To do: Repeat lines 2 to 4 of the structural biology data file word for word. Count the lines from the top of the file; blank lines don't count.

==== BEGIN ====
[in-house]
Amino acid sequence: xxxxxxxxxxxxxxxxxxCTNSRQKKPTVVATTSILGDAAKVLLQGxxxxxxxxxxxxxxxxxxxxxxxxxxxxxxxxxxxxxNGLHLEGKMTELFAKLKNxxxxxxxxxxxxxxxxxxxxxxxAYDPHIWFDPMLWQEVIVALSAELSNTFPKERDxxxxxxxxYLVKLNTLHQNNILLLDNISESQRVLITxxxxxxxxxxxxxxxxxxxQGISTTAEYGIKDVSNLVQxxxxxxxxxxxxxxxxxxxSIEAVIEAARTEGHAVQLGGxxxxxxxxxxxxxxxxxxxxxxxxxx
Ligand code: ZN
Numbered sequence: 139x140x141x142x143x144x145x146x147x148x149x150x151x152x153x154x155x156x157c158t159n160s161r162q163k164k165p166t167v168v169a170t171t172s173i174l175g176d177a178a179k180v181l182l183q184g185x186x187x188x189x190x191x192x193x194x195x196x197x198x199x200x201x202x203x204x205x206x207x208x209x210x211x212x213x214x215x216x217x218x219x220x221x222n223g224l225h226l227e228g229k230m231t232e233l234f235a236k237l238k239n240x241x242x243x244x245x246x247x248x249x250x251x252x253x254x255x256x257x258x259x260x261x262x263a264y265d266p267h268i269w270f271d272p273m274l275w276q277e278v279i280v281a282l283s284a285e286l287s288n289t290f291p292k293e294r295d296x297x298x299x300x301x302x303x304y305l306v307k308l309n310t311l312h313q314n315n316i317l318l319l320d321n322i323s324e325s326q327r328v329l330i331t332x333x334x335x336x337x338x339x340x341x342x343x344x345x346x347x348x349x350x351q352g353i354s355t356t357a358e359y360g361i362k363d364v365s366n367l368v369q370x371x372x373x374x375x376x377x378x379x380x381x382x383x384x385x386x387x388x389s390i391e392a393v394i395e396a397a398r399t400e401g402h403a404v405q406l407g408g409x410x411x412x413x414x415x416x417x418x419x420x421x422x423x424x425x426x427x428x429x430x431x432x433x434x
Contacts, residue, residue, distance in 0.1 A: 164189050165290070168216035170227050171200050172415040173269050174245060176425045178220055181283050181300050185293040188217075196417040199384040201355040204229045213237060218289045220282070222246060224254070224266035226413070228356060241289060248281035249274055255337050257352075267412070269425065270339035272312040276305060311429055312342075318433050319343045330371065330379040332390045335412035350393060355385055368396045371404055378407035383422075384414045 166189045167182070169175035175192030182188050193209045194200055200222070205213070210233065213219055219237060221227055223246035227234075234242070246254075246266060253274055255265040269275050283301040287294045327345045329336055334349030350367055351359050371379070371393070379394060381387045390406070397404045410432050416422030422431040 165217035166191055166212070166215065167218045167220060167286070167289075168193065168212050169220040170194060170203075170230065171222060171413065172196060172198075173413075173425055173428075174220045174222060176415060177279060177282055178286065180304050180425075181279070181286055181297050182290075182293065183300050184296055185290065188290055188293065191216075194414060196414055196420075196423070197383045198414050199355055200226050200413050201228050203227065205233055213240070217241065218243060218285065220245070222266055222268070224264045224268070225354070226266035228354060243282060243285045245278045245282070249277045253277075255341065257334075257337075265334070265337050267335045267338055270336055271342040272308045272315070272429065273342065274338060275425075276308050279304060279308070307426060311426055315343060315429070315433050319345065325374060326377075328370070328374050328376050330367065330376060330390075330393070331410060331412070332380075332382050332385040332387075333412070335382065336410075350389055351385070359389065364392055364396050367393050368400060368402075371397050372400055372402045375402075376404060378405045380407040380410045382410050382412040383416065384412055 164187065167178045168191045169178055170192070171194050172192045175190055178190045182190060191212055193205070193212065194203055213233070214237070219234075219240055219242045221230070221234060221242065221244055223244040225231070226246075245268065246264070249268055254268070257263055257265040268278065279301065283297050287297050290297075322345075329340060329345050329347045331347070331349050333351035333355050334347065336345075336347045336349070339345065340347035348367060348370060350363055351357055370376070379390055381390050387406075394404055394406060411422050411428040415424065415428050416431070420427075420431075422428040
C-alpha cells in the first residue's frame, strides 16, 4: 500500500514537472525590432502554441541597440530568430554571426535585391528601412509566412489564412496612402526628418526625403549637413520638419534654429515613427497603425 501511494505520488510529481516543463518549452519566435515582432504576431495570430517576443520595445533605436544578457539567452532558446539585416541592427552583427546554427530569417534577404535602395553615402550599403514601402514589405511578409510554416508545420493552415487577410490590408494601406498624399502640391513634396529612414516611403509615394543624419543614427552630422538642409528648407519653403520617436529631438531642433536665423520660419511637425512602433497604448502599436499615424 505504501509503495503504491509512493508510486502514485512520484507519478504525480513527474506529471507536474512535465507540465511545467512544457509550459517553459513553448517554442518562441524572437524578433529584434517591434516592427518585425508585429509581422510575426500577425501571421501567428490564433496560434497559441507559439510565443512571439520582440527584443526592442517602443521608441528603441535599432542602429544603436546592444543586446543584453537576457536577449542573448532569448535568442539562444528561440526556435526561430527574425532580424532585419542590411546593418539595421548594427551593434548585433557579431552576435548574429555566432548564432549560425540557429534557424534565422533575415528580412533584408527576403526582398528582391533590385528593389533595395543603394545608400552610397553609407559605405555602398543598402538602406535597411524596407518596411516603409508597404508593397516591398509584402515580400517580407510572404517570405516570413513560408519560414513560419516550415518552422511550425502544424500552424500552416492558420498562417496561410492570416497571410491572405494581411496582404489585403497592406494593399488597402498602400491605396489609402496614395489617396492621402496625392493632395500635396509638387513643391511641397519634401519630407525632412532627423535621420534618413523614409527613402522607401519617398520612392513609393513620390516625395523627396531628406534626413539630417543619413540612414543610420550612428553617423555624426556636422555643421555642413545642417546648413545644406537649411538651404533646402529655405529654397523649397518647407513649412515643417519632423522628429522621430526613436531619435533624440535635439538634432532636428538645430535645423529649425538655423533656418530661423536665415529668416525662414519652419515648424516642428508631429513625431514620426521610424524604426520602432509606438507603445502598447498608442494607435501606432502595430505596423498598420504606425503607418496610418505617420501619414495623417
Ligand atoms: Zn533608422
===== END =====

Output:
Amino acid sequence: xxxxxxxxxxxxxxxxxxCTNSRQKKPTVVATTSILGDAAKVLLQGxxxxxxxxxxxxxxxxxxxxxxxxxxxxxxxxxxxxxNGLHLEGKMTELFAKLKNxxxxxxxxxxxxxxxxxxxxxxxAYDPHIWFDPMLWQEVIVALSAELSNTFPKERDxxxxxxxxYLVKLNTLHQNNILLLDNISESQRVLITxxxxxxxxxxxxxxxxxxxQGISTTAEYGIKDVSNLVQxxxxxxxxxxxxxxxxxxxSIEAVIEAARTEGHAVQLGGxxxxxxxxxxxxxxxxxxxxxxxxxx
Ligand code: ZN
Numbered sequence: 139x140x141x142x143x144x145x146x147x148x149x150x151x152x153x154x155x156x157c158t159n160s161r162q163k164k165p166t167v168v169a170t171t172s173i174l175g176d177a178a179k180v181l182l183q184g185x186x187x188x189x190x191x192x193x194x195x196x197x198x199x200x201x202x203x204x205x206x207x208x209x210x211x212x213x214x215x216x217x218x219x220x221x222n223g224l225h226l227e228g229k230m231t232e233l234f235a236k237l238k239n240x241x242x243x244x245x246x247x248x249x250x251x252x253x254x255x256x257x258x259x260x261x262x263a264y265d266p267h268i269w270f271d272p273m274l275w276q277e278v279i280v281a282l283s284a285e286l287s288n289t290f291p292k293e294r295d296x297x298x299x300x301x302x303x304y305l306v307k308l309n310t311l312h313q314n315n316i317l318l319l320d321n322i323s324e325s326q327r328v329l330i331t332x333x334x335x336x337x338x339x340x341x342x343x344x345x346x347x348x349x350x351q352g353i354s355t356t357a358e359y360g361i362k363d364v365s366n367l368v369q370x371x372x373x374x375x376x377x378x379x380x381x382x383x384x385x386x387x388x389s390i391e392a393v394i395e396a397a398r399t400e401g402h403a404v405q406l407g408g409x410x411x412x413x414x415x416x417x418x419x420x421x422x423x424x425x426x427x428x429x430x431x432x433x434x